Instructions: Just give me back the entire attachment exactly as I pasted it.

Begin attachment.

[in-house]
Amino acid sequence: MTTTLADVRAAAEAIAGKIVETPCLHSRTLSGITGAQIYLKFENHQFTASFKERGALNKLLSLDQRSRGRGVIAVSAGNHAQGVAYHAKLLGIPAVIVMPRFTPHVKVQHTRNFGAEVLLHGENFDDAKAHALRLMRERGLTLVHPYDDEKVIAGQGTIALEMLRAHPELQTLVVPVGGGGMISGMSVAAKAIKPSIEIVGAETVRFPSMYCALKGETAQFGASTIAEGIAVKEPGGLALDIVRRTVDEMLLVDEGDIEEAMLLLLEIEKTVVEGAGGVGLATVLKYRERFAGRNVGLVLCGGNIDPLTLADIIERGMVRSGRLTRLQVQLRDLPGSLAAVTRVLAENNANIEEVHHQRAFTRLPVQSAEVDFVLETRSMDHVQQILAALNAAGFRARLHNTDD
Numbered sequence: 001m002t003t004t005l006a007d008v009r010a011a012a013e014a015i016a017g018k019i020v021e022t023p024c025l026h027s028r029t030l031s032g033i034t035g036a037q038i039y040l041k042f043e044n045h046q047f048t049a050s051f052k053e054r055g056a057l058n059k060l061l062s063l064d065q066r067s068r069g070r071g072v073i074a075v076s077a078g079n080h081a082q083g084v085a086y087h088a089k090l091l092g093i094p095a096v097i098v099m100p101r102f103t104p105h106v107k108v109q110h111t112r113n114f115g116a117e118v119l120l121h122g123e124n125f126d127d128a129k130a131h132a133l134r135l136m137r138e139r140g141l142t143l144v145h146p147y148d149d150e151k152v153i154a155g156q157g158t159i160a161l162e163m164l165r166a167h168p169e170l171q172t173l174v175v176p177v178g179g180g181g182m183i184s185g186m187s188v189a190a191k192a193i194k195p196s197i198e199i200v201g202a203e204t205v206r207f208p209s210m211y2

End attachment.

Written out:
[in-house]
Amino acid sequence: MTTTLADVRAAAEAIAGKIVETPCLHSRTLSGITGAQIYLKFENHQFTASFKERGALNKLLSLDQRSRGRGVIAVSAGNHAQGVAYHAKLLGIPAVIVMPRFTPHVKVQHTRNFGAEVLLHGENFDDAKAHALRLMRERGLTLVHPYDDEKVIAGQGTIALEMLRAHPELQTLVVPVGGGGMISGMSVAAKAIKPSIEIVGAETVRFPSMYCALKGETAQFGASTIAEGIAVKEPGGLALDIVRRTVDEMLLVDEGDIEEAMLLLLEIEKTVVEGAGGVGLATVLKYRERFAGRNVGLVLCGGNIDPLTLADIIERGMVRSGRLTRLQVQLRDLPGSLAAVTRVLAENNANIEEVHHQRAFTRLPVQSAEVDFVLETRSMDHVQQILAALNAAGFRARLHNTDD
Numbered sequence: 001m002t003t004t005l006a007d008v009r010a011a012a013e014a015i016a017g018k019i020v021e022t023p024c025l026h027s028r029t030l031s032g033i034t035g036a037q038i039y040l041k042f043e044n045h046q047f048t049a050s051f052k053e054r055g056a057l058n059k060l061l062s063l064d065q066r067s068r069g070r071g072v073i074a075v076s077a078g079n080h081a082q083g084v085a086y087h088a089k090l091l092g093i094p095a096v097i098v099m100p101r102f103t104p105h106v107k108v109q110h111t112r113n114f115g116a117e118v119l120l121h122g123e124n125f126d127d128a129k130a131h132a133l134r135l136m137r138e139r140g141l142t143l144v145h146p147y148d149d150e151k152v153i154a155g156q157g158t159i160a161l162e163m164l165r166a167h168p169e170l171q172t173l174v175v176p177v178g179g180g181g182m183i184s185g186m187s188v189a190a191k192a193i194k195p196s197i198e199i200v201g202a203e204t205v206r207f208p209s210m211y2